In part five of our series, we look at the skills and background needed to embark on a career in data science.
So what are the skills and background needed to embark on a data science career?
A bachelor’s or master’s degree in any quantitative subject is a good starting point for a data science career. Most relevant subjects include computer science, mathematics, physics and statistics. However, that doesn’t rule you out if you have studied something else.
Fyte’s Ali Hussnain and Paul van Loon, Head of Analytics at Forecast discuss in more detail the educational background you need to break into the field of data science.
The data science lifecycle
The concept of data science is relatively new: the definition data scientist (coined in 2008 and popularised in 2012) continues to evolve. Now data science involves a whole spectrum of tasks which you might have accomplished on your way of earning your degree.
According to the School of information at Berkeley, the data science Life Cycle has five stages:
- The data scientist acquires the data via one or more means – by actively creating new data, obtaining existing data produced by organisations or receiving data created by devices.
- This is mainly about data integration and pre-processing without deriving commercial values from it just yet. The idea is to prepare your data for the synthesis and usage in the next stage. Maintenance tasks include data warehousing, data cleansing and the extract-transform-load (ETL) processes where data staging occurs.
- Here is where data mining – discovering patterns in the dataset – comes in. A variety of methods are adopted, whether simple summarisation or more advanced methods like clustering and classification.
- At this stage people extract insights from the dataset using both quantitative and qualitative analysis. Tasks range from Exploratory Data Analysis (EDA) and confirmatory analysis to regressions and predictive modelling. Text analytics and Natural Language Processing (NLP) are also becoming increasingly popular in the context of customer comment or legal document analysis.
- And finally, you provide the results to stakeholders. This includes data reporting and visualisation, and usually some business intelligence and commercial impact analysis to inform decision makers.
STEM and stats background
Now that you have a basic understanding of the tasks a data scientist performs on a day-to-day basis, it is clear to see that a STEM subject could help you kick-start your career. But you need in-depth knowledge of maths and statistics, some solid programming and also comprehensive data collection, data cleaning, data analysis and data reporting. Hands-on experience working with different data sets would certainly help. There is an abundance of written material and online courses out there for you to learn along the way.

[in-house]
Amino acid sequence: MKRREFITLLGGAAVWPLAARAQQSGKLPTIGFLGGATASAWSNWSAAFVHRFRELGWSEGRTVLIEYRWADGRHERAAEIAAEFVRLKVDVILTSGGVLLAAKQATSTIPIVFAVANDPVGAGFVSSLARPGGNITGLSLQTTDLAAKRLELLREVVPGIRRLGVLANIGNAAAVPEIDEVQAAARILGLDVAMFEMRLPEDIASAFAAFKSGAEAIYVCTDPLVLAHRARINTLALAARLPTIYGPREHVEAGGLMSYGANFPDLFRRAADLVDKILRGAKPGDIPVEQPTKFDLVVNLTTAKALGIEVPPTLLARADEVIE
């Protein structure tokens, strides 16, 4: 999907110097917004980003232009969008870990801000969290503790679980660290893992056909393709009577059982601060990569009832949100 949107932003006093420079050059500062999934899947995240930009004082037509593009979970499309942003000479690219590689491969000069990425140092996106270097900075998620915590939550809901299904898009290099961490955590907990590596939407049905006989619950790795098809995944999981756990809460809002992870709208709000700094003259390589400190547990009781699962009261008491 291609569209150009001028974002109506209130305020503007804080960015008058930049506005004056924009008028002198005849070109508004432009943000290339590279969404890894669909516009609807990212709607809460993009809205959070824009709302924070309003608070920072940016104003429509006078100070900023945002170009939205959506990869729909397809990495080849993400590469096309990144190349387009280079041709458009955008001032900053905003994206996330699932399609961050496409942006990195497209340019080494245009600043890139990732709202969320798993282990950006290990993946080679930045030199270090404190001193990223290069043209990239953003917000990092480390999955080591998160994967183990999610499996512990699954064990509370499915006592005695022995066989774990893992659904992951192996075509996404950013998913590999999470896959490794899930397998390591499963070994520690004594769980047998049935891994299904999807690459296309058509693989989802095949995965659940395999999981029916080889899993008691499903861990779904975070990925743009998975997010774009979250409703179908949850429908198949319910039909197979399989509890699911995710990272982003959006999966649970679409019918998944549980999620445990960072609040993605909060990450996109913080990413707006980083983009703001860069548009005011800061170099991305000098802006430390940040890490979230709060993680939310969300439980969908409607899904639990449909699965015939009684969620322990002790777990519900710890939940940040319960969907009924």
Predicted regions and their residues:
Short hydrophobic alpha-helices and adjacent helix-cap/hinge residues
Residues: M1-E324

What kind of data scientist is in demand? First, let’s look at the diverse types of careers related to data. It’s not just data scientists, there are also business analysts, data developers and data engineers. The skillset and knowledge required for each of the job family varies.
A conference paper by De Mauro et al. (‘Beyond Data Scientists, a Review of Big Data Skills and Job Families’, 2016) analysed vast amounts of job posts published online and shed some light on the skills required to thrive in the data industry. For example, business analysts lean more towards the commercial side of things, often equipped with effective communication skills and financial acumen to make a real impact on business transformation.
Core competencies of a data scientist
However, on your career path as a data scientist, the focus of your skillset has to be on analytical methods and the ability of turning data into actual insights. As a data scientist, you need to be proficient at using data warehouses and be adept at querying or extracting data from databases, whether in the cloud or on your local machine.
It is also your responsibility as a data scientist to leverage the data at hand – identifying patterns, extracting information, designing and implementing models descriptive or predictive purposes with the business context in mind. Therefore, a solid understanding of statistics is a must, and you also need some programming skills to implement your model in R, Python or other languages.
Data scientists also seek to improve metrics and statistical models continually and integrate research and learning as part of that process. A ‘scientist’ mindset is helpful to accumulate expertise through trial and error.
Here they go into more detail about the discipline of data science and the mindset needed to succeed.